About our masts: it’s varnishing time

Our boat, in fact, has masts, in spite of the impression some might have been getting lately. It has two wooden masts (but it’s a yawl, so that’s one and a half, really). We lowered them to varnish them, six months back, and hold-ups happened and snows came. This was a problem in that varnish doesn’t set in such low temperatures. So we were mastless through the wintertime (we’d likely have been stuck here anyway). Did reduce the wind-in-the-rigging noise.

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Our new chart on our not-so-new table

Winter in the south ended outside work for a while, so I finished a less structural boat project lately, one started last winter but discontinued since. This was to draw a chart of the world onto our central wooden table, admittedly not the most essential project aboard Space Oddity. But it’s something which can be done while the snow’s blowing by, if made harder by the short hours of light in the day. And here’s the result finally.

The result: our table
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Ways to heat a boat: our wood-burning stove

It’s been over a year since we installed our boat’s wood-burning stove, and since I wrote about that whole slightly-eventful procedure, so let’s report after months of running the thing continually. First a little of what’s involved in fuelling our wood stove (in case anybody wondered what we do with our time). Then I’ll talk about how it’s been as a boat stove.

Collecting wood for our sailing boat's wood-burning stove

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Boatwork in quarantine

When we bought Space Oddity we had plans to sail to Brazil and then haul the boat there, somewhere better equipped than here in the remote south of Chile; but it became clear we’d have to do something about the weeds on the bottom anyway, or we wouldn’t be travelling too speedily. We decided to haul in Puerto Williams eventually; then the start of lockdown shut down such ideas for a while. We were able to haul in late April, once restrictions had relaxed partially. This left the last of the early-autumn sunny days, after which the weather turned wintry. Continue reading “Boatwork in quarantine”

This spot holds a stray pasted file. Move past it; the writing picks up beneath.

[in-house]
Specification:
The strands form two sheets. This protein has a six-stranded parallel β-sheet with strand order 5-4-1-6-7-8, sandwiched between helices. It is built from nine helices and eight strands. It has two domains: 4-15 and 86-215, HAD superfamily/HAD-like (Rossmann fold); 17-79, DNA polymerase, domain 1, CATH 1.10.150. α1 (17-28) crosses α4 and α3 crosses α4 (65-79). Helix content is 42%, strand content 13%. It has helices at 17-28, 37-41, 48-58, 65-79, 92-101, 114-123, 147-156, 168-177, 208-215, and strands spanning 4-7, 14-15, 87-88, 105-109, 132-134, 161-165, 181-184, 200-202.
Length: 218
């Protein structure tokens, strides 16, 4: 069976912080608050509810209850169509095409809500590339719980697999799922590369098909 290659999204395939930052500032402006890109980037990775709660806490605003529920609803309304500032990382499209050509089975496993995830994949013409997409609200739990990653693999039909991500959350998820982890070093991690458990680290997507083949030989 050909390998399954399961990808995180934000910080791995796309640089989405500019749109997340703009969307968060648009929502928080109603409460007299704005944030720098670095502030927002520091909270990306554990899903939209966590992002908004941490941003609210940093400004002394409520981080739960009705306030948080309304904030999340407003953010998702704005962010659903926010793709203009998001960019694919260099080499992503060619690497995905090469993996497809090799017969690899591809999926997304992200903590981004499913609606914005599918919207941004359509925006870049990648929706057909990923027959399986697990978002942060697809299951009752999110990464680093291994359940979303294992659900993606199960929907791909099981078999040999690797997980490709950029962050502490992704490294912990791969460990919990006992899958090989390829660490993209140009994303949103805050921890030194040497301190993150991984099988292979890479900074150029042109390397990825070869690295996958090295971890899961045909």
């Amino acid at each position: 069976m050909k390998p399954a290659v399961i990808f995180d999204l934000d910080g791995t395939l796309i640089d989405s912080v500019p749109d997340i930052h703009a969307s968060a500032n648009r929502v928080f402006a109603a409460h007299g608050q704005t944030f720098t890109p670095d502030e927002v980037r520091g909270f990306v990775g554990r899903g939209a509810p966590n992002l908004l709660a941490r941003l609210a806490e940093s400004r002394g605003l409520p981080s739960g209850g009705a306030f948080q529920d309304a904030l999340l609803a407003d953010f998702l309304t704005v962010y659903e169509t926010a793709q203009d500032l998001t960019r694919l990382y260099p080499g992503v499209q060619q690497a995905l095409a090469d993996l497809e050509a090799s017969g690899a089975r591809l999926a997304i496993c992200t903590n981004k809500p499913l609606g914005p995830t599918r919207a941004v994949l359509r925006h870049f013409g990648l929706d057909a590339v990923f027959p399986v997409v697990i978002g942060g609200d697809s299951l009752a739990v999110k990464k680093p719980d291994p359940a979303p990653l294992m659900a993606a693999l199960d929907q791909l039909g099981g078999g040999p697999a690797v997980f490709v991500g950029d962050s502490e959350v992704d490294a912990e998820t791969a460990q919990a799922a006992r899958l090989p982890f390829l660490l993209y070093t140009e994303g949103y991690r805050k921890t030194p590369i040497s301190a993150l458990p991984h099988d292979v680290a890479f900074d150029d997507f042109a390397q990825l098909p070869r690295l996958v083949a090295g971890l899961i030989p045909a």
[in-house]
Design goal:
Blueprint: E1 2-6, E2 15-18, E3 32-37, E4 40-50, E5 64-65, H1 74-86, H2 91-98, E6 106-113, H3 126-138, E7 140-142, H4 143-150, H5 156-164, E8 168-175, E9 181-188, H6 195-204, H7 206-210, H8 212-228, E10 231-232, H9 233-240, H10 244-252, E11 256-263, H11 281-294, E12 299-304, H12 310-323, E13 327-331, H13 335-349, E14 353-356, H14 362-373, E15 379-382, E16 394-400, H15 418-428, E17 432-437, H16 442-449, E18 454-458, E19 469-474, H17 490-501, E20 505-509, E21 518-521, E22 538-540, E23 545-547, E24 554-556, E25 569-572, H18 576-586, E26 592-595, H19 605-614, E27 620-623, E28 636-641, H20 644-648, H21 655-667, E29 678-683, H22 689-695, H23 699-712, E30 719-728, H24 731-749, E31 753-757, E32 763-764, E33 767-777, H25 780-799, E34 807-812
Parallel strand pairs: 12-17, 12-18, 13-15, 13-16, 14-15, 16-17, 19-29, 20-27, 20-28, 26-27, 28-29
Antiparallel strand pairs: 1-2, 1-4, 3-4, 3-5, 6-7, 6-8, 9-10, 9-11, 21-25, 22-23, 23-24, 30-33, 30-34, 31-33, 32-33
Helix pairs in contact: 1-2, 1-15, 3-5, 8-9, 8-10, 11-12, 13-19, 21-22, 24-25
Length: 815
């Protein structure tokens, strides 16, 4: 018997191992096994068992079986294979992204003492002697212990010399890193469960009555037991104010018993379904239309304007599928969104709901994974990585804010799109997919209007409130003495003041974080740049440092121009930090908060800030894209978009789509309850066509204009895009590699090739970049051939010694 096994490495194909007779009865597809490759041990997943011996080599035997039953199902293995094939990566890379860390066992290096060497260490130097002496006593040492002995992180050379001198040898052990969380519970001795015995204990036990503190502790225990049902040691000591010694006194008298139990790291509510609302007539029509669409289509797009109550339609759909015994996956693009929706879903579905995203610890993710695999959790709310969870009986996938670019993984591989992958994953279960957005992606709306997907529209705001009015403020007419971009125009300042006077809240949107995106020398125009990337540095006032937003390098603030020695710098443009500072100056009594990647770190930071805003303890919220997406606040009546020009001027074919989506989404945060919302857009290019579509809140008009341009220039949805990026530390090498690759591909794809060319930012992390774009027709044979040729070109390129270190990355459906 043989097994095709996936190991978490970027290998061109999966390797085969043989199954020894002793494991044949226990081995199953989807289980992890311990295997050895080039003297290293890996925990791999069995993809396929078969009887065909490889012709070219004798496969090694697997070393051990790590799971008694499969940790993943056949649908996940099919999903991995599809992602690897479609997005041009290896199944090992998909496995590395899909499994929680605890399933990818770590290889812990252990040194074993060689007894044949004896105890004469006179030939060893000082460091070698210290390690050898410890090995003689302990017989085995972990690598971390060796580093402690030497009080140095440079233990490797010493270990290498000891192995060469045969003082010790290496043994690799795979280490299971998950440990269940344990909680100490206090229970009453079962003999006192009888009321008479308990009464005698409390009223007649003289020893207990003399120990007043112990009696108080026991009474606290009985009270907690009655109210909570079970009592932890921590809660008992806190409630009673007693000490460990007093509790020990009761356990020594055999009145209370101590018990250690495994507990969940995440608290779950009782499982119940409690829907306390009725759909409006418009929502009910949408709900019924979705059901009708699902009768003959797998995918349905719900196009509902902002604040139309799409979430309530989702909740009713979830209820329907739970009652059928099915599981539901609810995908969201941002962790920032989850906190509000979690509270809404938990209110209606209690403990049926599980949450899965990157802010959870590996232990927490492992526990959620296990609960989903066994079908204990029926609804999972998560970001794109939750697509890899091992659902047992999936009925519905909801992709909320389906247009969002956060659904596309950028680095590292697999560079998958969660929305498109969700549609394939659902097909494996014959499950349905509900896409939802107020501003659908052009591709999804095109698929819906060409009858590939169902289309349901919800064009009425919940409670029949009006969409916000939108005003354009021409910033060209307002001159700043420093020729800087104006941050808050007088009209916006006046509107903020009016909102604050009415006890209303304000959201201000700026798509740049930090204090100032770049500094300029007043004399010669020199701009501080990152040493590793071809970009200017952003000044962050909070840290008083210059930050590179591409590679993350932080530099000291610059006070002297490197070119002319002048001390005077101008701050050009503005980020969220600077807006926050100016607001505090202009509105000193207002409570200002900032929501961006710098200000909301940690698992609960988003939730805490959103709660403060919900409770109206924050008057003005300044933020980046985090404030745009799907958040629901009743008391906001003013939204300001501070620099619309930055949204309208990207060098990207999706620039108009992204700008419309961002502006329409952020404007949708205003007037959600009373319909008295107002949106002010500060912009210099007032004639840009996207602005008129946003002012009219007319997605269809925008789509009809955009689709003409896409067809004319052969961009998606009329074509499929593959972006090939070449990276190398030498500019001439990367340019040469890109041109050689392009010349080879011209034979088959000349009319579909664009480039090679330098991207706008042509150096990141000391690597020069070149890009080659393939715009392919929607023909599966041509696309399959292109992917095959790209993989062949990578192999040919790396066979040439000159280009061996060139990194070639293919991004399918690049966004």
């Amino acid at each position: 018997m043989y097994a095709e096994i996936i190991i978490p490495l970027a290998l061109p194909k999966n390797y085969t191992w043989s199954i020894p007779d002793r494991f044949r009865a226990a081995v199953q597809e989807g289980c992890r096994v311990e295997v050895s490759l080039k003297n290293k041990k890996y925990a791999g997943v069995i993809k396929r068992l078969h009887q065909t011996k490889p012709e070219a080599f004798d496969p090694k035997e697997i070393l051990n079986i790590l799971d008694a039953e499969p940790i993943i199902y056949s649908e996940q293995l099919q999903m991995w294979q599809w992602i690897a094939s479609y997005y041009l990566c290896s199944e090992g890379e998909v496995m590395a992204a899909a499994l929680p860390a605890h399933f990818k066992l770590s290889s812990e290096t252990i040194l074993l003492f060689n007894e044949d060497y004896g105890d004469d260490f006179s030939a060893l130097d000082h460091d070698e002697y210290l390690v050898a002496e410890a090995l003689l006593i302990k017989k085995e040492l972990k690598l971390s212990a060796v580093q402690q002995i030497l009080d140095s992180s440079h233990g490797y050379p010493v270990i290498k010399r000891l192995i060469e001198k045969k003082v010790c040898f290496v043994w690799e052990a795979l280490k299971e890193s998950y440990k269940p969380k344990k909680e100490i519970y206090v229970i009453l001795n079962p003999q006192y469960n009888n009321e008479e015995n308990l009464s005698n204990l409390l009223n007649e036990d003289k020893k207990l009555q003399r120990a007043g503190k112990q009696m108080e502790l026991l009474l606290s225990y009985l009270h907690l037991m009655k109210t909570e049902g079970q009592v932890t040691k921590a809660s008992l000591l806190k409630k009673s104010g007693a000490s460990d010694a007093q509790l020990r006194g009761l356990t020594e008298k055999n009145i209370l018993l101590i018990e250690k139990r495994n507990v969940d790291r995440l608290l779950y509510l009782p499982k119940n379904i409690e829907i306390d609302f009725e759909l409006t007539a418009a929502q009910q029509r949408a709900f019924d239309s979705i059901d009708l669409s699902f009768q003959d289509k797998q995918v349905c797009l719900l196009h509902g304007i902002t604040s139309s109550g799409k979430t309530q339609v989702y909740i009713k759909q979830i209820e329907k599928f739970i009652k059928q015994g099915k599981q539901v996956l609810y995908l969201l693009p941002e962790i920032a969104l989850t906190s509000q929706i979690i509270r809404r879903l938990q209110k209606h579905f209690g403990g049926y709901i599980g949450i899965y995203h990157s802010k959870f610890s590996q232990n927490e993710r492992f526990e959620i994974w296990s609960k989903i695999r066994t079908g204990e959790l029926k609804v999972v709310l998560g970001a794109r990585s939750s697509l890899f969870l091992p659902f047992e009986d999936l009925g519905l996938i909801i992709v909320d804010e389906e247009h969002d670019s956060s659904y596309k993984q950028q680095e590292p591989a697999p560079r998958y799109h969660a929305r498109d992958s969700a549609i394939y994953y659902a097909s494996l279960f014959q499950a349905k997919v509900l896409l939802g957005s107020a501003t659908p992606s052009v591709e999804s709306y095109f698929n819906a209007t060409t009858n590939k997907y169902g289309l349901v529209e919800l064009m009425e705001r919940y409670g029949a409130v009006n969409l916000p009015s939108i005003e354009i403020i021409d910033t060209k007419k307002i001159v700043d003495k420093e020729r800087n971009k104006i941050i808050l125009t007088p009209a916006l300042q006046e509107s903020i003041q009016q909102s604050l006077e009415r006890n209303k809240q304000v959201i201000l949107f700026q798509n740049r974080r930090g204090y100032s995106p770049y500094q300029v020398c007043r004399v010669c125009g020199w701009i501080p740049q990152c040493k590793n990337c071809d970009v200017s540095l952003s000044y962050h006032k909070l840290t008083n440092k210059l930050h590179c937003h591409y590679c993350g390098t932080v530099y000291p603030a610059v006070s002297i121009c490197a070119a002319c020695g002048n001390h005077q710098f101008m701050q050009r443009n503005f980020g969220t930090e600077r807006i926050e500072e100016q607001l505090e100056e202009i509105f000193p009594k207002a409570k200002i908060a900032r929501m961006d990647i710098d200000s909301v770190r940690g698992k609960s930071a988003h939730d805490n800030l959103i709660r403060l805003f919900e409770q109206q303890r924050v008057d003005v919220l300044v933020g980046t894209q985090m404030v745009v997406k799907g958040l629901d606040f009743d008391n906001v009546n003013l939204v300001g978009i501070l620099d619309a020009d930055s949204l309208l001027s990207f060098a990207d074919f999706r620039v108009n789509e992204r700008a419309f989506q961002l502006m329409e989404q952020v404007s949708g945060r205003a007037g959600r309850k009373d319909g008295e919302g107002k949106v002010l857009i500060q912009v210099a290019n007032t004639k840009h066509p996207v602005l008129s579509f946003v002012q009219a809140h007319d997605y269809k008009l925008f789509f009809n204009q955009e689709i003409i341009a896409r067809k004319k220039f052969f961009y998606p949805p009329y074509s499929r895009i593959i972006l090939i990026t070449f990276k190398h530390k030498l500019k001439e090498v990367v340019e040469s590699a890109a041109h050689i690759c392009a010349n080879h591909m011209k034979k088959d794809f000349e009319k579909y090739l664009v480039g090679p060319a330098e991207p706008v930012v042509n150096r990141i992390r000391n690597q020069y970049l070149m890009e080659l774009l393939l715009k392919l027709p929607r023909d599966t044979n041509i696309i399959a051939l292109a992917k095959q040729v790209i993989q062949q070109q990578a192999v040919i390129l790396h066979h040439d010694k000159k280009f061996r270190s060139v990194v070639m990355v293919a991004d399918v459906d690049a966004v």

Autumn in Patagonia

Autumn’s my favourite of the seasons of Patagonia, the nothofagus trees creating incredible colours here, and the weather less wet than in summer (and warmer than winter, of course). Quarantine’s meant we’ve been a bit less busy, so I shot some pictures this time, mostly while walking the doggy. These leaves are falling as we enter May.

Yachts in quarantine

The news of the Covid-19 disease, and then the first cases of the disease, seemed to reach South America somewhat behind Europe or North America. UK friends were filling Facebook with coronavirus memes before we could appreciate these fully, and Brazil’s president’s supporters still suspect the communists of inventing the whole story, even after the US president has reluctantly started to advise that everybody stay inside. Here in Chile, as perhaps in other places, the news and the first cases formed a start from which the rest escalated rapidly. One day the neighbour’s saying it sounds like it’s only some sort of a cold really, the next he’s shouting through a mask from two metres away.

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Orcas and whales

Last Monday (9th of March) Puerto Williams had a dramatic day, by the standards of this little isolated city: a number of orcas chased two whales onto the shores, and went on to kill them eventually. Orcas are seen in the area rather occasionally, and while whales are common in the channels of Chile, they don’t often enter the bay. They tend also not to be sei whales as these ones were, being the smaller humpbacks normally.

Head sei whale
The calf whale

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The 2020 Cape Horn race

Conditions didn’t allow the Desafío Cabo de Hornos race to reach the Horn itself this time; instead boats competed in the Beagle nearby. Click to view photos individually.

Bible boat: Chilean-built tall ship Victory

Wreck of Williams

Bow of Chilean-built wooden boat VictoryTied to the Pontón Micalvi, the stranded naval vessel that acts as dock in Puerto Williams, are boats of two varieties, all moored onto one another in rows with the last to arrive outside. There are the charterers, with their trips in the summer to Cape Horn or to Antarctica, and there are the cruisers, stopping for a few months at the tip of South America before they turn north from here. But one yacht’s never left Micalvi in the years we’ve known the place, innermost boat in the innermost row throughout that time, next to Micalvi with six visitors outside. Continue reading “Bible boat: Chilean-built tall ship Victory”